I’m proud to announce that Jury Selection Handbook: The Nuts and Bolts of Effective Jury Selection, a book that I co-wrote with Ronald Clark from Seattle University Law School, was published this month by Carolina Academic Press and will be available soon on Amazon and at a variety of other online retailers.
Seattle University Law School alum will tell you that Ron Clark is an outstanding professor who is a master at dissecting complex subjects for his students. This book is an extension of his approach. Ron and I dissect the jury selection process, break it down into all of its various steps, and discuss the kinds of strategic choices that attorneys have to make at each of those steps. Some of those choices may be obvious at times, but many others are choices that a lot of attorneys may not realize are available to them. Continue reading →
Recently, I picked a jury in the Pacific Northwest where the judge provided the attorneys for each side limited time for attorney-conducted voir dire (20 minutes each). While the time allocations for voir dire vary from case to case and from judge to judge, most jury selections involve some sort of time limitations along these lines. In other words, in many case, attorneys probably need more time than they actually receive in order to conduct the kind of jury selection that they would prefer. This has important implications because it means that every choice an attorney makes in his or her voir dire is a trade-off. If an attorney spends time focused on one topic, it takes time away from another topic. Consequently, attorneys are put in the position of having to make some tough choices about how to spend their time. Continue reading →
Jury selection is a critical part of trial. Varying theories of attorneys’ ability to win or lose a case in voir dire run rampant among lawyers and their clients, but discussion of those theories are for another day. This post focuses on the importance of communicating with the trial judge in advance about the process of jury selection and identifies key areas of inquiries for attorneys in that process.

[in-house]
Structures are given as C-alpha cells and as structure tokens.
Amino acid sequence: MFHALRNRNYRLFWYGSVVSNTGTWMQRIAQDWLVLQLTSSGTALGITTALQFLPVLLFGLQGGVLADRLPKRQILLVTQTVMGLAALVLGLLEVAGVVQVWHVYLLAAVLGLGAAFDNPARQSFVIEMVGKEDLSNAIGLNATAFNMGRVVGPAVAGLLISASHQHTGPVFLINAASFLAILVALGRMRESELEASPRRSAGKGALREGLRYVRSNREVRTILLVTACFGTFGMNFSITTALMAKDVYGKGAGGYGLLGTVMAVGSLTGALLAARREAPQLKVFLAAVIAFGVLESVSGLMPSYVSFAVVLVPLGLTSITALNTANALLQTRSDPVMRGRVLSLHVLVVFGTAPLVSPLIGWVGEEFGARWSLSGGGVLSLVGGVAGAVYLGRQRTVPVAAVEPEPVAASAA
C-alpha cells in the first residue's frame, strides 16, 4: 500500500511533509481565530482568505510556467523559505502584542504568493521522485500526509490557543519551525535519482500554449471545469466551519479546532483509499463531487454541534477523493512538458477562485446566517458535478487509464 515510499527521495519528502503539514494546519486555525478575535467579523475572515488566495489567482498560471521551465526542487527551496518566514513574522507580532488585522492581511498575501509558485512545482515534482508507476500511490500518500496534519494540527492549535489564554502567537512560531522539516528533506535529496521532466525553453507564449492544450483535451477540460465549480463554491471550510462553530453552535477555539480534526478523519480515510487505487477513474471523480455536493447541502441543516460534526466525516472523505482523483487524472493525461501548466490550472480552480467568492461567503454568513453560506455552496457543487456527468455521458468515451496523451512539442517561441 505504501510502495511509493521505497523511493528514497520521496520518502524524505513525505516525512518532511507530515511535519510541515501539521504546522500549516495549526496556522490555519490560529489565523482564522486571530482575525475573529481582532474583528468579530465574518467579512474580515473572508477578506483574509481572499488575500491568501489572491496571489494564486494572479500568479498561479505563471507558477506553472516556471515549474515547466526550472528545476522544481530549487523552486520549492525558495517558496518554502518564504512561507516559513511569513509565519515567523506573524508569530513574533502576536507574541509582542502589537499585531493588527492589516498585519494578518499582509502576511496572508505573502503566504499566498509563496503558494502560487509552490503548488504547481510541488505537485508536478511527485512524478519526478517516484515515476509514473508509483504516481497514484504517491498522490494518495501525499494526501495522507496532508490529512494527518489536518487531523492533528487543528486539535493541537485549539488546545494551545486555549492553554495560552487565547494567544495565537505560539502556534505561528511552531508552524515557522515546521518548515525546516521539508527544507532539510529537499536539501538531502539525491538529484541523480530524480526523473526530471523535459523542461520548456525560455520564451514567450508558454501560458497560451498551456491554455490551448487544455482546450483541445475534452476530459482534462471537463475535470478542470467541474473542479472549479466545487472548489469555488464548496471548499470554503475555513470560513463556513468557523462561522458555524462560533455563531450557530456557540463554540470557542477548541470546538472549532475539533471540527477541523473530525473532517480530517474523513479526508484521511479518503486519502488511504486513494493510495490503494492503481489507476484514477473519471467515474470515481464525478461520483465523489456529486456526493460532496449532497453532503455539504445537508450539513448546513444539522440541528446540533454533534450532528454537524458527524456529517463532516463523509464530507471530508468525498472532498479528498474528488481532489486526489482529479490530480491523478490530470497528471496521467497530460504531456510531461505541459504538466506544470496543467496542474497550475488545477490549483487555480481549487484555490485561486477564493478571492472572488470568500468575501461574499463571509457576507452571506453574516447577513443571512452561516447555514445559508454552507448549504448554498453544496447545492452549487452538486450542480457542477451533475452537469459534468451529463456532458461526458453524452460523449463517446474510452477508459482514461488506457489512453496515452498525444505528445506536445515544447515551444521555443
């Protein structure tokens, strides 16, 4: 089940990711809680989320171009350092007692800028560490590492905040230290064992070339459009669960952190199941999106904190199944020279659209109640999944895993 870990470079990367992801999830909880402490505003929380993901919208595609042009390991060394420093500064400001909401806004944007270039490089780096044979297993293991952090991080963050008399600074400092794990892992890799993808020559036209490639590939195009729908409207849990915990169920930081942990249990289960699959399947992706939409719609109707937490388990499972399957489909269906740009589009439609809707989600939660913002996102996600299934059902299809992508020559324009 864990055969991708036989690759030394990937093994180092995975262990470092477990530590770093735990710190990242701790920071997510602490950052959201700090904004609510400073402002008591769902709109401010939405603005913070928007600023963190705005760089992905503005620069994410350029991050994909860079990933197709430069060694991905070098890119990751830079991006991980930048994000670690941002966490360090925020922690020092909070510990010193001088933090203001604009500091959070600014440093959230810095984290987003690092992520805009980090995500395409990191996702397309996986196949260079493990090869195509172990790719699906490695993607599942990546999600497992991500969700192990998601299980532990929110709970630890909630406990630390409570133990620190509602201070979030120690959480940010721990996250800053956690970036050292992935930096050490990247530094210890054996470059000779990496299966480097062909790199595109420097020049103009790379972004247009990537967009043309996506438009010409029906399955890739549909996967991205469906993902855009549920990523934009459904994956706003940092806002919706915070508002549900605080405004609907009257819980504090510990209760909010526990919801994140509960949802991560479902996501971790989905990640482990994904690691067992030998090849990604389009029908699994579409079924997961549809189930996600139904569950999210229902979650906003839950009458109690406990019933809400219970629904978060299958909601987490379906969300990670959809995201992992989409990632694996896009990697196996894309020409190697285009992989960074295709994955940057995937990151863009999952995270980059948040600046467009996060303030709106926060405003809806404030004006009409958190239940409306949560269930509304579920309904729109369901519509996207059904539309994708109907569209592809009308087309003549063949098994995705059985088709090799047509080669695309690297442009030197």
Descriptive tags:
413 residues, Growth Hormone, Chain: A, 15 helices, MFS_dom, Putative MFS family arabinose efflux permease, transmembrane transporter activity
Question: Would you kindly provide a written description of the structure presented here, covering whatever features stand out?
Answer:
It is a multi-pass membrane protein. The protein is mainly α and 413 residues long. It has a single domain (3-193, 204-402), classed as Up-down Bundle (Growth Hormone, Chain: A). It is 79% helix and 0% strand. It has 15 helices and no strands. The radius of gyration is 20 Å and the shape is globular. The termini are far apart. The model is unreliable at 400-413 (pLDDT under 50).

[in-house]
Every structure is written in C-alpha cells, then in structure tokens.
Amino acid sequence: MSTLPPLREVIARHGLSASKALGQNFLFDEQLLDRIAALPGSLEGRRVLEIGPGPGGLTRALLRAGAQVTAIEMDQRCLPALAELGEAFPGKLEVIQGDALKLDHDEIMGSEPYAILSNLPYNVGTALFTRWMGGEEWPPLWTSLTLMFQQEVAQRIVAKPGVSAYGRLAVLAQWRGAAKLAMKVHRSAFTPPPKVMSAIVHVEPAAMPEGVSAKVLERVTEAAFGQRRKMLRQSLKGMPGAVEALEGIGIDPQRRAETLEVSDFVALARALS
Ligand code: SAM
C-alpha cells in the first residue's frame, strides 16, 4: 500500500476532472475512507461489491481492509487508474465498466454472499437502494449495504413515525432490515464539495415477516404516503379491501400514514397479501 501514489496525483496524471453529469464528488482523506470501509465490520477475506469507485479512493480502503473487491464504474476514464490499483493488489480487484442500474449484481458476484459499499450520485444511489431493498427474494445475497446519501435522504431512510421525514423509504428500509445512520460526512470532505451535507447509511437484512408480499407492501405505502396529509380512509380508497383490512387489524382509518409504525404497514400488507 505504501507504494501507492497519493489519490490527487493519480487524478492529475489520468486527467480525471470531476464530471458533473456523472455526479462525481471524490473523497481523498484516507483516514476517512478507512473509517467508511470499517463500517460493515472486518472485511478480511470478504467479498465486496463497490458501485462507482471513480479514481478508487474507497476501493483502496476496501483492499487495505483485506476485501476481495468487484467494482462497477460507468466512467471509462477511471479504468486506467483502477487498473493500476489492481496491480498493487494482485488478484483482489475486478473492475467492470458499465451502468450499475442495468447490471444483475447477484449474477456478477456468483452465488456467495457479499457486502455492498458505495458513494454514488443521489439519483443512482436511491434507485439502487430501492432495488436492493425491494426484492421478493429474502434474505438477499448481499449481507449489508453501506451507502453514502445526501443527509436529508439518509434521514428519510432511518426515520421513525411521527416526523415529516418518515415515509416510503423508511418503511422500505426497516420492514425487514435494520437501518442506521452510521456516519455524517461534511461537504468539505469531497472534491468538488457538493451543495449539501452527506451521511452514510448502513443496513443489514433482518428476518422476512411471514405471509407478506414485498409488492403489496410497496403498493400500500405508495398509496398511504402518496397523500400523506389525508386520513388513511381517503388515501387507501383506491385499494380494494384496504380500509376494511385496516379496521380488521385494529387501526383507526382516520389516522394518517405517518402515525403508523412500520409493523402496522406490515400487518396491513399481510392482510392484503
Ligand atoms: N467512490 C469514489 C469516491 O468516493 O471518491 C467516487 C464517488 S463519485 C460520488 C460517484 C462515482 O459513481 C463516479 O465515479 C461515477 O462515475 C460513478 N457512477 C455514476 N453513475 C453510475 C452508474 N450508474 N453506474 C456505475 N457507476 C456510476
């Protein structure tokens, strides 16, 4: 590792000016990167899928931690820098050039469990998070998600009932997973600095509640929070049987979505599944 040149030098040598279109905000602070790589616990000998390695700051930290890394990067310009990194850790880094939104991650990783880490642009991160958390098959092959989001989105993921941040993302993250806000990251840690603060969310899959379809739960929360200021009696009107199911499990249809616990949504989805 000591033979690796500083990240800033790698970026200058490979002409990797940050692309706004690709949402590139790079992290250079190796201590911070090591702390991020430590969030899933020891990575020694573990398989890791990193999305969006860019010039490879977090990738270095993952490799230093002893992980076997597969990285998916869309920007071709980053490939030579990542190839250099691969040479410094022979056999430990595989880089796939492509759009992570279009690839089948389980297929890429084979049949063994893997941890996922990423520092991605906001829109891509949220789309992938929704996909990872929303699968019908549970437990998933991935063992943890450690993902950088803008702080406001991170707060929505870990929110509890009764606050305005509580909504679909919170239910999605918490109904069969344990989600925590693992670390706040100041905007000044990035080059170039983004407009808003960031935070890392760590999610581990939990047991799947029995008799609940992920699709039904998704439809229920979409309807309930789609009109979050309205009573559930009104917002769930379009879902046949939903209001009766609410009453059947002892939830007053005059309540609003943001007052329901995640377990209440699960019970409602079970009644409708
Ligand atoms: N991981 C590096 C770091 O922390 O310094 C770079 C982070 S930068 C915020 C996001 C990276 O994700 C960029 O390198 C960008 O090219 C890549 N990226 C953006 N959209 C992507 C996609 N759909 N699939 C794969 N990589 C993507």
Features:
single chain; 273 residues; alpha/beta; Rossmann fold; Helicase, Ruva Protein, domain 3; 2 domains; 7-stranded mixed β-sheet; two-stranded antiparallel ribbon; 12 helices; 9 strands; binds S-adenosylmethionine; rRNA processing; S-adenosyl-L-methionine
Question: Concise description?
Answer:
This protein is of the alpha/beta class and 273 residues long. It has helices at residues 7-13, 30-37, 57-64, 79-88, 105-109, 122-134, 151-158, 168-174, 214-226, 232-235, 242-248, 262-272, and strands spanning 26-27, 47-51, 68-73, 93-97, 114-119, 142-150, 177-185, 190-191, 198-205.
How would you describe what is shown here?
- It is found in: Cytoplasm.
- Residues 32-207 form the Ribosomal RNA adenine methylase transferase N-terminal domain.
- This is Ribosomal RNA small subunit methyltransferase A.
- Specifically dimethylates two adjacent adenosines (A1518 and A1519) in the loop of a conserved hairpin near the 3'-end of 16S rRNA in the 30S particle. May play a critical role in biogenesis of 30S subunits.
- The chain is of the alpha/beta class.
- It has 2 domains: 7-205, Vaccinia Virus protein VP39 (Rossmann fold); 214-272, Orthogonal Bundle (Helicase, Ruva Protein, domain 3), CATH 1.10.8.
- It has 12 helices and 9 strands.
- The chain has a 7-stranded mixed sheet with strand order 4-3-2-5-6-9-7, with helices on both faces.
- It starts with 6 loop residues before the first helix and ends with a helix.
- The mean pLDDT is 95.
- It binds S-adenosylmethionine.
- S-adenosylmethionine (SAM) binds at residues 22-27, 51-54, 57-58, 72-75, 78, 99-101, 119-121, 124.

Unfortunately, with so much going on in the weeks leading up to trial, focus on jury selection can fall by the wayside. In some instances, the important questions about the process are simply not asked. In other instances, attorneys make assumptions about what a judge will or will not do during jury selection, sometimes “informed” by a colleague who picked a jury in front of that particular judge in the past. Continue reading →
Who do I want on my jury? Men or women? Are women too emotional for this case? Are African-Americans going to be a problem for my predominantly white corporate client? I’m pretty sure the woman in the front row is a lesbian…should I be concerned? Should I have one of the female attorneys from our firm sit at the table during trial with us?
These are all very common questions that I hear from attorneys. Our society has always been strangely preoccupied with demographics. National news media are constantly flashing polls broken down by men, women, whites, African-Americans, Hispanics, etc. At times, it feels like it’s a national pastime to lump all women or African Americans together and draw hasty conclusions about “them.” As someone who devoted a lot of time to studying critical theory in college and graduate school, I wince every time the topic comes up. But that discussion is for another time. In fact, I tend to believe this rush to overgeneralize along the borders of demographics comes from a different place when we are talking about attorneys. Continue reading →